U.S. President Joe Biden took questions from reporters for one hour Thursday during his first formal news conference, an encounter partly intended to refute conservative critics who had predicted the oldest man ever elected U.S. president would not be up to the task.

After brief opening remarks about his administration’s response to the coronavirus pandemic, Biden responded to questions from 10 reporters, calling their names off a list on his lectern.

On his 65th day in office, the president found that most of the questions had to do with immigration, specifically about the government’s treatment of child migrants at the border.

On domestic issues, his remarks were generally ad-libbed, but on sensitive foreign policy matters, including those related to Afghanistan and China, he appeared to be reading from notes.

Biden made a bit of news in response to a question about the next presidential election, more than three years in the future, saying he does intend to run for reelection in 2024. He said he has “no idea,” however, if the opposition Republican Party — facing internal tumult — will still exist by then.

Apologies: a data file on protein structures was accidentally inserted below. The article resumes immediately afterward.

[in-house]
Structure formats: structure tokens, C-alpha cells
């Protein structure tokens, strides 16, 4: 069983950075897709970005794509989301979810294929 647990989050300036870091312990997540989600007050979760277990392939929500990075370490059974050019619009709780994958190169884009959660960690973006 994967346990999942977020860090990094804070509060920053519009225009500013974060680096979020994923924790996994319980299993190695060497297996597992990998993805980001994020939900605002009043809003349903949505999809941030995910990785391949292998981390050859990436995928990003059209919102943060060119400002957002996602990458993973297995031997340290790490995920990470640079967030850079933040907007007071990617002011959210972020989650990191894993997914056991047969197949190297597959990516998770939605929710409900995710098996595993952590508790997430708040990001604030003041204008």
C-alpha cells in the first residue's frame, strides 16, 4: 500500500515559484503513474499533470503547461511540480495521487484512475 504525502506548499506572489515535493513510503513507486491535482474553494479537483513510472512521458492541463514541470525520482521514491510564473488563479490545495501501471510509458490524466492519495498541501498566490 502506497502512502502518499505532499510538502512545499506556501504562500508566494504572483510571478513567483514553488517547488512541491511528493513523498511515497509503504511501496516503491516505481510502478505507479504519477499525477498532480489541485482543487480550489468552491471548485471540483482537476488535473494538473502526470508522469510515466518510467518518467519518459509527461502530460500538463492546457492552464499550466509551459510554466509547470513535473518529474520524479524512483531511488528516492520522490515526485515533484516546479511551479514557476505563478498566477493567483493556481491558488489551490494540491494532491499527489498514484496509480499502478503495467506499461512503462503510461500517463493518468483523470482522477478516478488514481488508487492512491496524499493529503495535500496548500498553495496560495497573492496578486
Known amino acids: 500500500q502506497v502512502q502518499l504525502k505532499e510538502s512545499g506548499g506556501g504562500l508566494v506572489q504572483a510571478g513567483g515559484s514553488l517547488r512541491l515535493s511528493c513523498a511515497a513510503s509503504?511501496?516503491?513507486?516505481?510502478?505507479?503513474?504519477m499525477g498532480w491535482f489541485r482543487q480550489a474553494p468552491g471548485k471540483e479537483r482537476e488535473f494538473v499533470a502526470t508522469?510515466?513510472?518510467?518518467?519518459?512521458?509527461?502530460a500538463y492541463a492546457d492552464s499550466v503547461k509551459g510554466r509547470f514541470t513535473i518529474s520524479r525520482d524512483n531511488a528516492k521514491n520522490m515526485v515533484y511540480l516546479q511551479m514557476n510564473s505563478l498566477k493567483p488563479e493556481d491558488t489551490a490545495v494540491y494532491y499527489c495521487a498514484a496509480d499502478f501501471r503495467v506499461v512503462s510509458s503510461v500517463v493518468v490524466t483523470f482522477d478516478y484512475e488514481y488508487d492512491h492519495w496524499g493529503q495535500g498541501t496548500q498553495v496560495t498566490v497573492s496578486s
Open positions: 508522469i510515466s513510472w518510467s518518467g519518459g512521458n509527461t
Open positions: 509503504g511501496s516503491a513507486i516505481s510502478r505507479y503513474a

Replying to a question about the push by Republicans for voting restrictions, Biden said, “What I’m worried about is how un-American this whole initiative is. It is sick.”

The president lamented the long-standing filibuster rule in the U.S. Senate as an obstacle and said it is being misused by senators “in a gigantic way.”

Under the filibuster, 60 votes are needed to pass legislation in the Senate, which could make it difficult to pass some of Biden’s legislative agenda, including immigration reform, voting rights and possibly his infrastructure plan.

There were also some swipes by Biden at his predecessor, Donald Trump.

“I made it clear that no American president — at least one did — but no American president ever backed down from speaking out of what’s happening with the Uyghurs, what’s happening in Hong Kong,” Biden said when asked about China. “That’s who we are. The moment a president walks away from that, as the last one did, is the moment we began to lose our legitimacy around the world.”

Asked about apparent short-range ballistic missile launches by North Korea early Thursday into Asian waters, Biden said the United States is “consulting with our allies and partners, and there will be responses if they choose to escalate. We will respond accordingly.”